N.Korea reports over 200,000 fever cases for 5th day amid COVID-19 wave

The ongoing COVID-19 wave, declared last week, has fueled concerns over a lack of vaccines, inadequate medical infrastructure and a potential food crisis.

 A North Korea flag flutters next to concertina wire at the North Korean embassy in Kuala Lumpur, Malaysia March 9, 2017. (photo credit: EDGAR SU/ REUTERS)
A North Korea flag flutters next to concertina wire at the North Korean embassy in Kuala Lumpur, Malaysia March 9, 2017.
(photo credit: EDGAR SU/ REUTERS)

North Korea reported more than 200,000 new patients suffering from fever for a fifth consecutive day as the country fights its first confirmed coronavirus outbreak, South Korea's Yonhap news agency said on Saturday, citing the North's state broadcaster.

The ongoing COVID-19 wave, declared last week, has fueled concerns over a lack of vaccines, inadequate medical infrastructure and a potential food crisis in the country of 25 million that has refused outside help and kept its borders shut.

At least 219,030 people showed fever symptoms as of Friday evening, taking the total number of such cases to 2,460,640, the official Korean Central Television (KCTV) reported citing data from the state emergency epidemic prevention headquarters, according to Yonhap. The death toll rose by one to 66.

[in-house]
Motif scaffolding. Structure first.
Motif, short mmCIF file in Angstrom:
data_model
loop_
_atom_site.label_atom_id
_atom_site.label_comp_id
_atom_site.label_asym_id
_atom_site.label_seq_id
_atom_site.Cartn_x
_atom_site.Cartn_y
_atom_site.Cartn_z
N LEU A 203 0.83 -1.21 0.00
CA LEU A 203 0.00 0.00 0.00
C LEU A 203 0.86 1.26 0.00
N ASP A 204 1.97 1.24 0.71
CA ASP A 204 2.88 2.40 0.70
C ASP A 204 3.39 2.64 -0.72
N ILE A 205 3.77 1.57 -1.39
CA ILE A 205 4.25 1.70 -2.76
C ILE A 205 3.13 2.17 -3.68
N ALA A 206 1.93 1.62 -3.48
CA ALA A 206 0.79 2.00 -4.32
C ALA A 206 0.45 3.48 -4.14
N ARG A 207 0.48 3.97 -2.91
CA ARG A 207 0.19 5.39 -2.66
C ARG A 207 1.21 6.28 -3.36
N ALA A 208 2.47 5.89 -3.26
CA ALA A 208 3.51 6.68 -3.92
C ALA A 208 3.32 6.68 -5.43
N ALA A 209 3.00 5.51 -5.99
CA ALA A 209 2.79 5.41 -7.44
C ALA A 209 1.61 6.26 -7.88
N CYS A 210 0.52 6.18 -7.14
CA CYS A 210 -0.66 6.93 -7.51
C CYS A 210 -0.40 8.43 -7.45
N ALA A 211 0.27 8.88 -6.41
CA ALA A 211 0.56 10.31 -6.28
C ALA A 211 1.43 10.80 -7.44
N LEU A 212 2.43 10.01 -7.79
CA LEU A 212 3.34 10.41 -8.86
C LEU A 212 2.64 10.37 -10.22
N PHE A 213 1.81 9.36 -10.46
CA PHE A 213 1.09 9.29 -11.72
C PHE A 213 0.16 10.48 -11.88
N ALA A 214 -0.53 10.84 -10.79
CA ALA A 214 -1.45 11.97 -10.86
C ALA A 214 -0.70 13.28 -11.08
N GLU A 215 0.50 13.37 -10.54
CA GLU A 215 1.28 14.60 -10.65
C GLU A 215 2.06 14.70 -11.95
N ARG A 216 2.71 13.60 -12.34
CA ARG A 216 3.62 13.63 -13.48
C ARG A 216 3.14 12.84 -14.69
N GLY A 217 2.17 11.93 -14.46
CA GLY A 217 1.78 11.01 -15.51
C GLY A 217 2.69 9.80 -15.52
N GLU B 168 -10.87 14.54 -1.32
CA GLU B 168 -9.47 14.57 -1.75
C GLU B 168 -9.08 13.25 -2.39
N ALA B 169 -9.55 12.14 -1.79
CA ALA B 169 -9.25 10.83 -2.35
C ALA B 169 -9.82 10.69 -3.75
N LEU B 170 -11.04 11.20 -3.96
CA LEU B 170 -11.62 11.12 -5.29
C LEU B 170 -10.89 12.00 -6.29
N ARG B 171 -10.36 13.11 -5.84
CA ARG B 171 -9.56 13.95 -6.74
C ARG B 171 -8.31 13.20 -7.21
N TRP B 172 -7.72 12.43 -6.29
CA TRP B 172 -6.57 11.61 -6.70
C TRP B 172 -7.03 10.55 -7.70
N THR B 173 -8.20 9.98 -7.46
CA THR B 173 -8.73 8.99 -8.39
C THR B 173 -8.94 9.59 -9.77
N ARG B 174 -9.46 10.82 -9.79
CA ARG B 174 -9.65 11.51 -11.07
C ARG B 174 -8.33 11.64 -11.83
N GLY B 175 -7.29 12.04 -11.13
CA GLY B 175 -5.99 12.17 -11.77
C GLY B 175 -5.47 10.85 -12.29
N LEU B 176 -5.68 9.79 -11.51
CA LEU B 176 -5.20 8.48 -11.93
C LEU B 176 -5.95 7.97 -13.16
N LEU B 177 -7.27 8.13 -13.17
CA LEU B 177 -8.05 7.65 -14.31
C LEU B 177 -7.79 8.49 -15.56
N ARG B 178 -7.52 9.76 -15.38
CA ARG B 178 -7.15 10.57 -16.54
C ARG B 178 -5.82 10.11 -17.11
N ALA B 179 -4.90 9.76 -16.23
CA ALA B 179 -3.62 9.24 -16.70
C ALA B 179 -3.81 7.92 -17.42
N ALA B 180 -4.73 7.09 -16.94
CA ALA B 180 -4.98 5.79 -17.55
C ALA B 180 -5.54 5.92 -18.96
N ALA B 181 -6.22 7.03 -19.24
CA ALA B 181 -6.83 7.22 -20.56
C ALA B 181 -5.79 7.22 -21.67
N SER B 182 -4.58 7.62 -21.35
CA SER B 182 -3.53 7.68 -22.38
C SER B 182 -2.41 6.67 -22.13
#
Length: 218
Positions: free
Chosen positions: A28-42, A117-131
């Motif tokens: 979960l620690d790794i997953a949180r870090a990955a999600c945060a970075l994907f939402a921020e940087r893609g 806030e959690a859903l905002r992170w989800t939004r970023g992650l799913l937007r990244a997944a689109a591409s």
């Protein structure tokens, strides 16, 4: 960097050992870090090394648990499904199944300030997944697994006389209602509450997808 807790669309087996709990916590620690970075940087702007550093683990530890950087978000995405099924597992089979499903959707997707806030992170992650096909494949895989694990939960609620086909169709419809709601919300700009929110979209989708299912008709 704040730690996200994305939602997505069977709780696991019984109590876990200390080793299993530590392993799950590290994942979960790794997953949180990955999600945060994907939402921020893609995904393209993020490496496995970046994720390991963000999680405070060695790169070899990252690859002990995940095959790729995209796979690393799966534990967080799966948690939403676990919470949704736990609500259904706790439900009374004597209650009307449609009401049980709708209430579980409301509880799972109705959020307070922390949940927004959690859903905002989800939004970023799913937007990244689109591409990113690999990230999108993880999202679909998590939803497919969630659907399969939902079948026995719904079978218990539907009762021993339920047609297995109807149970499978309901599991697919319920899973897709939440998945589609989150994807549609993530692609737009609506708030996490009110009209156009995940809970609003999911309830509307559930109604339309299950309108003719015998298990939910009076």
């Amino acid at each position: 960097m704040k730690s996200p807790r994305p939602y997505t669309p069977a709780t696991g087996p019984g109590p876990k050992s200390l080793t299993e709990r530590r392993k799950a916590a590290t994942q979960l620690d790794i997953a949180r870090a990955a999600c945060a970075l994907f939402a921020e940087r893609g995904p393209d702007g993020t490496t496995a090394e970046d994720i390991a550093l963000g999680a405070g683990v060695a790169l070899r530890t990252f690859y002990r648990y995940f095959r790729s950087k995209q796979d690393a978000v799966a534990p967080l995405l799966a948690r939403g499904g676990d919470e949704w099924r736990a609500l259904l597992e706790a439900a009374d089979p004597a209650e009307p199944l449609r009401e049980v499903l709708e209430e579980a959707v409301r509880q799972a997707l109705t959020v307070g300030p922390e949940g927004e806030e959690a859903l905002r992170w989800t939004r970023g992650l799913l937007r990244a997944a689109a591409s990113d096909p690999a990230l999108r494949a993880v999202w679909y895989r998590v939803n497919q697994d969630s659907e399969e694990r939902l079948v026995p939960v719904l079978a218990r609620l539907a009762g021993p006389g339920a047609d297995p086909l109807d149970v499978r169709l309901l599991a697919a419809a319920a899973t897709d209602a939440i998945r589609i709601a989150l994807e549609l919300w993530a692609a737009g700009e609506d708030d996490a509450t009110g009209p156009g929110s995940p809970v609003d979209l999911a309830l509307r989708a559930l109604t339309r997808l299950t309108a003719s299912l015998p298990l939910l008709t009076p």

3D scan of SARS-CoV-2 virus particles created by design lab Nanographics (credit: NANOGRAPHICS.AT/HANDOUT VIA REUTERS)3D scan of SARS-CoV-2 virus particles created by design lab Nanographics (credit: NANOGRAPHICS.AT/HANDOUT VIA REUTERS)

Yonhap did not specify how many people had tested positive for the virus, and Reuters could not independently verify the report.

With no national vaccination campaign and limited testing capability, the daily data released by state media could be underreported, and it may be difficult to assess the scale of the COVID-19 wave, experts have said.

The UN human rights agency has warned of "devastating" consequences for its 25 million people, while World Health Organization said an unchecked spread could lead to the emergence of deadlier new variants.